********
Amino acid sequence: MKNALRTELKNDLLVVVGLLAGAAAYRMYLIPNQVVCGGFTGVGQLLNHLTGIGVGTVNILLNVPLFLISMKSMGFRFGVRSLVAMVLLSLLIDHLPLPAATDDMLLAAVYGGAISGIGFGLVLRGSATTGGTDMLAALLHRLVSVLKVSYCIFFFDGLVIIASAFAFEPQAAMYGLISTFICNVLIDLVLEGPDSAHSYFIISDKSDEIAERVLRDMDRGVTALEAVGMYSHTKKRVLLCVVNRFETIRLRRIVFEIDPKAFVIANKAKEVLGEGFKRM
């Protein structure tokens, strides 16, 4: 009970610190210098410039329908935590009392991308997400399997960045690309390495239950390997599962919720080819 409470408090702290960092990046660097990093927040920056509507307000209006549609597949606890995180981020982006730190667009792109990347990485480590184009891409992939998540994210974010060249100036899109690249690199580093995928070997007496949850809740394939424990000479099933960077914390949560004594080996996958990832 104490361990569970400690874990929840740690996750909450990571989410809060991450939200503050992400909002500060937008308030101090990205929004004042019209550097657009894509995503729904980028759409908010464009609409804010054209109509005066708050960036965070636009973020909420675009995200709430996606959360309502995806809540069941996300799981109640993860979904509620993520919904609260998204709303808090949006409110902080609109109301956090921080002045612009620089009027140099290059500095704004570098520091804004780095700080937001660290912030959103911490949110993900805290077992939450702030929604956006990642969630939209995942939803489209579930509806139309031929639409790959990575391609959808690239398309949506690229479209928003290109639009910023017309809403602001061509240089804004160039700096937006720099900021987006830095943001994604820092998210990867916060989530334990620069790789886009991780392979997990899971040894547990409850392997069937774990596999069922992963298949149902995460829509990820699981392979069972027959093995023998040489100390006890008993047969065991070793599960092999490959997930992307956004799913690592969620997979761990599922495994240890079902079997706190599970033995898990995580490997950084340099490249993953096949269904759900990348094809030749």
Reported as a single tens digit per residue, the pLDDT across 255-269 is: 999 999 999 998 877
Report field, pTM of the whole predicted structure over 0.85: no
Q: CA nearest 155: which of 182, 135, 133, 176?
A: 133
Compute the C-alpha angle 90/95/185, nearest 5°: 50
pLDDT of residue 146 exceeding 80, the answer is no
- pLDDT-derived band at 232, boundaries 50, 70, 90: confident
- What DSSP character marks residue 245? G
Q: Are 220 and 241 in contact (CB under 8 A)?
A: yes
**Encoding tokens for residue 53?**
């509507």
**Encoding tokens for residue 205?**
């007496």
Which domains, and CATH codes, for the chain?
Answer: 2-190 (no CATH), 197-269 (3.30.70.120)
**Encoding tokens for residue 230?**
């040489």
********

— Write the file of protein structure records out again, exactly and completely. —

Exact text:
Amino acid sequence: MKNALRTELKNDLLVVVGLLAGAAAYRMYLIPNQVVCGGFTGVGQLLNHLTGIGVGTVNILLNVPLFLISMKSMGFRFGVRSLVAMVLLSLLIDHLPLPAATDDMLLAAVYGGAISGIGFGLVLRGSATTGGTDMLAALLHRLVSVLKVSYCIFFFDGLVIIASAFAFEPQAAMYGLISTFICNVLIDLVLEGPDSAHSYFIISDKSDEIAERVLRDMDRGVTALEAVGMYSHTKKRVLLCVVNRFETIRLRRIVFEIDPKAFVIANKAKEVLGEGFKRM
């Protein structure tokens, strides 16, 4: 009970610190210098410039329908935590009392991308997400399997960045690309390495239950390997599962919720080819 409470408090702290960092990046660097990093927040920056509507307000209006549609597949606890995180981020982006730190667009792109990347990485480590184009891409992939998540994210974010060249100036899109690249690199580093995928070997007496949850809740394939424990000479099933960077914390949560004594080996996958990832 104490361990569970400690874990929840740690996750909450990571989410809060991450939200503050992400909002500060937008308030101090990205929004004042019209550097657009894509995503729904980028759409908010464009609409804010054209109509005066708050960036965070636009973020909420675009995200709430996606959360309502995806809540069941996300799981109640993860979904509620993520919904609260998204709303808090949006409110902080609109109301956090921080002045612009620089009027140099290059500095704004570098520091804004780095700080937001660290912030959103911490949110993900805290077992939450702030929604956006990642969630939209995942939803489209579930509806139309031929639409790959990575391609959808690239398309949506690229479209928003290109639009910023017309809403602001061509240089804004160039700096937006720099900021987006830095943001994604820092998210990867916060989530334990620069790789886009991780392979997990899971040894547990409850392997069937774990596999069922992963298949149902995460829509990820699981392979069972027959093995023998040489100390006890008993047969065991070793599960092999490959997930992307956004799913690592969620997979761990599922495994240890079902079997706190599970033995898990995580490997950084340099490249993953096949269904759900990348094809030749």
Reported as a single tens digit per residue, the pLDDT across 255-269 is: 999 999 999 998 877
Report field, pTM of the whole predicted structure over 0.85: no
Q: CA nearest 155: which of 182, 135, 133, 176?
A: 133
Compute the C-alpha angle 90/95/185, nearest 5°: 50
pLDDT of residue 146 exceeding 80, the answer is no
- pLDDT-derived band at 232, boundaries 50, 70, 90: confident
- What DSSP character marks residue 245? G
Q: Are 220 and 241 in contact (CB under 8 A)?
A: yes
**Encoding tokens for residue 53?**
């509507």
**Encoding tokens for residue 205?**
């007496």
Which domains, and CATH codes, for the chain?
Answer: 2-190 (no CATH), 197-269 (3.30.70.120)
**Encoding tokens for residue 230?**
């040489």